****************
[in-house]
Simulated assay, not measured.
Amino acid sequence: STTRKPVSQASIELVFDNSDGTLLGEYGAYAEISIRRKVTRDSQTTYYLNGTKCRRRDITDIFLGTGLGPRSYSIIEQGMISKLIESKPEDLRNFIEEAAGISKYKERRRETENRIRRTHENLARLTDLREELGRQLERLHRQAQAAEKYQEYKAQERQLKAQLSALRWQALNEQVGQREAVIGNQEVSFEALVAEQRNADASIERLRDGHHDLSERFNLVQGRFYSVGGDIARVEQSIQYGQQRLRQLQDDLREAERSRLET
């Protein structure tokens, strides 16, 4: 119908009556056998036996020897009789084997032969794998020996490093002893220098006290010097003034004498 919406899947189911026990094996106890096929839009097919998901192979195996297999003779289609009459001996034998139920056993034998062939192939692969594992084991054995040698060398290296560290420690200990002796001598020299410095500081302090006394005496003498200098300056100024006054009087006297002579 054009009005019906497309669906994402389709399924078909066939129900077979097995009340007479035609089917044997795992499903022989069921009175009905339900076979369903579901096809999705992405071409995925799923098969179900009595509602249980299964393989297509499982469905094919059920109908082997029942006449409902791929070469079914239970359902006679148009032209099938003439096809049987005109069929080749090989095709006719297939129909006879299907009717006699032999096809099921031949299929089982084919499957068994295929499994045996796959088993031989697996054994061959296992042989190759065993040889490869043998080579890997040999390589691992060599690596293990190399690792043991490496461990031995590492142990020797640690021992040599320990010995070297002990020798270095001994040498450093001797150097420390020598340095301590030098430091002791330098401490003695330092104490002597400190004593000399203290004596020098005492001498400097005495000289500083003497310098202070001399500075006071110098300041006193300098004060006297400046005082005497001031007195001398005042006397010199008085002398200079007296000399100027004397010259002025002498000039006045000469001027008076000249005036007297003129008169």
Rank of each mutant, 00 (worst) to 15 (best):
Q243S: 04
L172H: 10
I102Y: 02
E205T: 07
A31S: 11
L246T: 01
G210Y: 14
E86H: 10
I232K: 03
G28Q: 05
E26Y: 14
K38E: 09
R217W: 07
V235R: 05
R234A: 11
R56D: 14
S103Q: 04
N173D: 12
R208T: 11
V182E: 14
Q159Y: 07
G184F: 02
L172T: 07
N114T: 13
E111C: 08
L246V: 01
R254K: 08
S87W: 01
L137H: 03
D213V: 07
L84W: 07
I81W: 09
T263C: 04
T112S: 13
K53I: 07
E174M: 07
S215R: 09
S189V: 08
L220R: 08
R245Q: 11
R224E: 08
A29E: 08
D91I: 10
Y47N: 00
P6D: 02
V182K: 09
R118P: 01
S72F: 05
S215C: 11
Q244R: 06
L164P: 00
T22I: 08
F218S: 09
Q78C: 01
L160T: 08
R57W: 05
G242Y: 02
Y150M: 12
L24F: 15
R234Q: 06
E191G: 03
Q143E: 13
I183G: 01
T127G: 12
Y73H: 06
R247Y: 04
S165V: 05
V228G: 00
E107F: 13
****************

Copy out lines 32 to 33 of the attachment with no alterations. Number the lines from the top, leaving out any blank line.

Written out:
R254K: 08
S87W: 01